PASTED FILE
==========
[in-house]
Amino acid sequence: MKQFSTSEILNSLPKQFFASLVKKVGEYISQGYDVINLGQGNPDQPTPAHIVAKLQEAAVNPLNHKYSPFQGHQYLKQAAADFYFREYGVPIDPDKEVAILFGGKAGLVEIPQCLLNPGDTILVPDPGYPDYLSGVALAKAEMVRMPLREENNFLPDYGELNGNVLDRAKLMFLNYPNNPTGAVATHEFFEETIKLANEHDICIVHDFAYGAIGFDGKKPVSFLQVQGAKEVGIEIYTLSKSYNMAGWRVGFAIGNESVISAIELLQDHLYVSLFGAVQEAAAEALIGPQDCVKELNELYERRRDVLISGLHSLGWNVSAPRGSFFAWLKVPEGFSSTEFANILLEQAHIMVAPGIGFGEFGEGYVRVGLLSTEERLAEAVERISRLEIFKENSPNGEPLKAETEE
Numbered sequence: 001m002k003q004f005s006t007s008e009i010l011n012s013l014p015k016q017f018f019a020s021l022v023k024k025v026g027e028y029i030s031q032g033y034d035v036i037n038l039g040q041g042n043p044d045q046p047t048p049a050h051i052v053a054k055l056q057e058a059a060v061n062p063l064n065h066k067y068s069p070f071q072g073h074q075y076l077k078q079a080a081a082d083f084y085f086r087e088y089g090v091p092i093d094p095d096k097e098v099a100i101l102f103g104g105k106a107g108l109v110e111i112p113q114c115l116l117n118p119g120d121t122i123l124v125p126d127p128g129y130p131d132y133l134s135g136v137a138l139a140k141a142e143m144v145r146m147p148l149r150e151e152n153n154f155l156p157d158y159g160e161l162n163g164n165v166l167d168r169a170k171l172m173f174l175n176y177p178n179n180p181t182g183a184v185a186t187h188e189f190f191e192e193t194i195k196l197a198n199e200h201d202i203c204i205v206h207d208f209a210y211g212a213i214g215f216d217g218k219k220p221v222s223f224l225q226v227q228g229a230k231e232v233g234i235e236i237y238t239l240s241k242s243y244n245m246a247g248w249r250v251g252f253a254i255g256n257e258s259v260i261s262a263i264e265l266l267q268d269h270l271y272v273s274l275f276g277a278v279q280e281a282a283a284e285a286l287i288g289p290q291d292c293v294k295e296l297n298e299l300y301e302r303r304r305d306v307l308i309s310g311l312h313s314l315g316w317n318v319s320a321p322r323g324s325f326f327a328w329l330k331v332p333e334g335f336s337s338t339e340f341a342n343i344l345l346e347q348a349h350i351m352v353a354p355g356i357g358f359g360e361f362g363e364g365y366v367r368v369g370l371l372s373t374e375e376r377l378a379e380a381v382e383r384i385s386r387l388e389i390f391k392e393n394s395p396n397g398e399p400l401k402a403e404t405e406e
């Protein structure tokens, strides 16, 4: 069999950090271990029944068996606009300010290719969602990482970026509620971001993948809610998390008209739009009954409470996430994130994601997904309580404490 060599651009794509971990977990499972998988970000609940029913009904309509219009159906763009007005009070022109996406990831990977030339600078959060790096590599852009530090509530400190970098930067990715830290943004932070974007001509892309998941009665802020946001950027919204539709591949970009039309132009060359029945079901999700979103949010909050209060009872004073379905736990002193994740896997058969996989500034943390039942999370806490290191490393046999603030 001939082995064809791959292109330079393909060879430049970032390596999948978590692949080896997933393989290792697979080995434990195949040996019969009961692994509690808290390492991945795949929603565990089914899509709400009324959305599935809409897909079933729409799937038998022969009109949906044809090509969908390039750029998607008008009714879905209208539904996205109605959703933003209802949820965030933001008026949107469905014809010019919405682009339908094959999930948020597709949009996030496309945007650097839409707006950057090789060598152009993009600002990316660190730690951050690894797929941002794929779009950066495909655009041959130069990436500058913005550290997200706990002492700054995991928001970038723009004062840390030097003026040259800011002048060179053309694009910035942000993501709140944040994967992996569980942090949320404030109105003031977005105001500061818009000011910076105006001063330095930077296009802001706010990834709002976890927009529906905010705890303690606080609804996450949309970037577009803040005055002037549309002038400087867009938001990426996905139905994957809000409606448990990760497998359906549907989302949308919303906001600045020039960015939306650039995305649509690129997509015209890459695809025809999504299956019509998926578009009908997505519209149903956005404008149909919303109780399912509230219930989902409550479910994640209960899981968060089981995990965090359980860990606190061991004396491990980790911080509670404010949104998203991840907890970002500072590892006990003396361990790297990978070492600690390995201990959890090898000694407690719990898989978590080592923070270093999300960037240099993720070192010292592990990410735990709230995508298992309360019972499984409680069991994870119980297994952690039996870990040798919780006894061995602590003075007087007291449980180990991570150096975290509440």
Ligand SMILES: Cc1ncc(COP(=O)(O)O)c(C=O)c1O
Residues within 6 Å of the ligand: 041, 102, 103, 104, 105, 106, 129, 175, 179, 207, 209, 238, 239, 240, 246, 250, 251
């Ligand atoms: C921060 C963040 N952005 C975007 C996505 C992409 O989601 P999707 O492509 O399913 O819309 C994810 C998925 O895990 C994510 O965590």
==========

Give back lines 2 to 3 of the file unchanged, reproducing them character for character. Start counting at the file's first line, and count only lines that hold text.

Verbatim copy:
Amino acid sequence: MKQFSTSEILNSLPKQFFASLVKKVGEYISQGYDVINLGQGNPDQPTPAHIVAKLQEAAVNPLNHKYSPFQGHQYLKQAAADFYFREYGVPIDPDKEVAILFGGKAGLVEIPQCLLNPGDTILVPDPGYPDYLSGVALAKAEMVRMPLREENNFLPDYGELNGNVLDRAKLMFLNYPNNPTGAVATHEFFEETIKLANEHDICIVHDFAYGAIGFDGKKPVSFLQVQGAKEVGIEIYTLSKSYNMAGWRVGFAIGNESVISAIELLQDHLYVSLFGAVQEAAAEALIGPQDCVKELNELYERRRDVLISGLHSLGWNVSAPRGSFFAWLKVPEGFSSTEFANILLEQAHIMVAPGIGFGEFGEGYVRVGLLSTEERLAEAVERISRLEIFKENSPNGEPLKAETEE
Numbered sequence: 001m002k003q004f005s006t007s008e009i010l011n012s013l014p015k016q017f018f019a020s021l022v023k024k025v026g027e028y029i030s031q032g033y034d035v036i037n038l039g040q041g042n043p044d045q046p047t048p049a050h051i052v053a054k055l056q057e058a059a060v061n062p063l064n065h066k067y068s069p070f071q072g073h074q075y076l077k078q079a080a081a082d083f084y085f086r087e088y089g090v091p092i093d094p095d096k097e098v099a100i101l102f103g104g105k106a107g108l109v110e111i112p113q114c115l116l117n118p119g120d121t122i123l124v125p126d127p128g129y130p131d132y133l134s135g136v137a138l139a140k141a142e143m144v145r146m147p148l149r150e151e152n153n154f155l156p157d158y159g160e161l162n163g164n165v166l167d168r169a170k171l172m173f174l175n176y177p178n179n180p181t182g183a184v185a186t187h188e189f190f191e192e193t194i195k196l197a198n199e200h201d202i203c204i205v206h207d208f209a210y211g212a213i214g215f216d217g218k219k220p221v222s223f224l225q226v227q228g229a230k231e232v233g234i235e236i237y238t239l240s241k242s243y244n245m246a247g248w249r250v251g252f253a254i255g256n257e258s259v260i261s262a263i264e265l266l267q268d269h270l271y272v273s274l275f276g277a278v279q280e281a282a283a284e285a286l287i288g289p290q291d292c293v294k295e296l297n298e299l300y301e302r303r304r305d306v307l308i309s310g311l312h313s314l315g316w317n318v319s320a321p322r323g324s325f326f327a328w329l330k331v332p333e334g335f336s337s338t339e340f341a342n343i344l345l346e347q348a349h350i351m352v353a354p355g356i357g358f359g360e361f362g363e364g365y366v367r368v369g370l371l372s373t374e375e376r377l378a379e380a381v382e383r384i385s386r387l388e389i390f391k392e393n394s395p396n397g398e399p400l401k402a403e404t405e406e